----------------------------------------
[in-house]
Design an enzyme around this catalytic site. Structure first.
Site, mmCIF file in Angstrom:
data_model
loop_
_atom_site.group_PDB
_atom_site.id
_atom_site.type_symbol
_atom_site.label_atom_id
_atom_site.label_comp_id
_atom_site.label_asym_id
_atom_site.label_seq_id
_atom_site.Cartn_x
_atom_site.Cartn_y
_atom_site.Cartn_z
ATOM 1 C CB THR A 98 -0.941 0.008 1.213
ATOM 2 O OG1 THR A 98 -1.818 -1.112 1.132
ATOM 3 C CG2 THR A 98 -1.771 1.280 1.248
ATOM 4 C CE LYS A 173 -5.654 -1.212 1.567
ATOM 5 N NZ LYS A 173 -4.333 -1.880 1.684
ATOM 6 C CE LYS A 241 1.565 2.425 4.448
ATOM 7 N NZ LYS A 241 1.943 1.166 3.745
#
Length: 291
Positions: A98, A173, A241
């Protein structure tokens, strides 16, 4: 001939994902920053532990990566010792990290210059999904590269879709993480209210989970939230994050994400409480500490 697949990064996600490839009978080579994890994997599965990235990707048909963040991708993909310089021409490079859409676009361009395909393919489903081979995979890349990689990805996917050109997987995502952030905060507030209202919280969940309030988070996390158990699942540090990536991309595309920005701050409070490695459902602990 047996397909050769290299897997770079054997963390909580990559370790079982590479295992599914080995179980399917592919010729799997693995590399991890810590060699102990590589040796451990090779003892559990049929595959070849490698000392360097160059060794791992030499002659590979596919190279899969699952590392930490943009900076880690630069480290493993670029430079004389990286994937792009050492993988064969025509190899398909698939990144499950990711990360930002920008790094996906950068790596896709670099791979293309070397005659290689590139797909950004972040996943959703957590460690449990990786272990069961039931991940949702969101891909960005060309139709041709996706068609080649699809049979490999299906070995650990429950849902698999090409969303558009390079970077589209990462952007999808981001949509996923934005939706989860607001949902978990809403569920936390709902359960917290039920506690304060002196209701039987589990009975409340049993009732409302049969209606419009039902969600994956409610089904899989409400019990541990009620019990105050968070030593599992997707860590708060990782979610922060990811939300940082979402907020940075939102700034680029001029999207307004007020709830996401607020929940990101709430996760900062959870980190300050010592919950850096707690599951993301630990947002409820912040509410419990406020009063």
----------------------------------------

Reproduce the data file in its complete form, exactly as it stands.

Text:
[in-house]
Design an enzyme around this catalytic site. Structure first.
Site, mmCIF file in Angstrom:
data_model
loop_
_atom_site.group_PDB
_atom_site.id
_atom_site.type_symbol
_atom_site.label_atom_id
_atom_site.label_comp_id
_atom_site.label_asym_id
_atom_site.label_seq_id
_atom_site.Cartn_x
_atom_site.Cartn_y
_atom_site.Cartn_z
ATOM 1 C CB THR A 98 -0.941 0.008 1.213
ATOM 2 O OG1 THR A 98 -1.818 -1.112 1.132
ATOM 3 C CG2 THR A 98 -1.771 1.280 1.248
ATOM 4 C CE LYS A 173 -5.654 -1.212 1.567
ATOM 5 N NZ LYS A 173 -4.333 -1.880 1.684
ATOM 6 C CE LYS A 241 1.565 2.425 4.448
ATOM 7 N NZ LYS A 241 1.943 1.166 3.745
#
Length: 291
Positions: A98, A173, A241
């Protein structure tokens, strides 16, 4: 001939994902920053532990990566010792990290210059999904590269879709993480209210989970939230994050994400409480500490 697949990064996600490839009978080579994890994997599965990235990707048909963040991708993909310089021409490079859409676009361009395909393919489903081979995979890349990689990805996917050109997987995502952030905060507030209202919280969940309030988070996390158990699942540090990536991309595309920005701050409070490695459902602990 047996397909050769290299897997770079054997963390909580990559370790079982590479295992599914080995179980399917592919010729799997693995590399991890810590060699102990590589040796451990090779003892559990049929595959070849490698000392360097160059060794791992030499002659590979596919190279899969699952590392930490943009900076880690630069480290493993670029430079004389990286994937792009050492993988064969025509190899398909698939990144499950990711990360930002920008790094996906950068790596896709670099791979293309070397005659290689590139797909950004972040996943959703957590460690449990990786272990069961039931991940949702969101891909960005060309139709041709996706068609080649699809049979490999299906070995650990429950849902698999090409969303558009390079970077589209990462952007999808981001949509996923934005939706989860607001949902978990809403569920936390709902359960917290039920506690304060002196209701039987589990009975409340049993009732409302049969209606419009039902969600994956409610089904899989409400019990541990009620019990105050968070030593599992997707860590708060990782979610922060990811939300940082979402907020940075939102700034680029001029999207307004007020709830996401607020929940990101709430996760900062959870980190300050010592919950850096707690599951993301630990947002409820912040509410419990406020009063």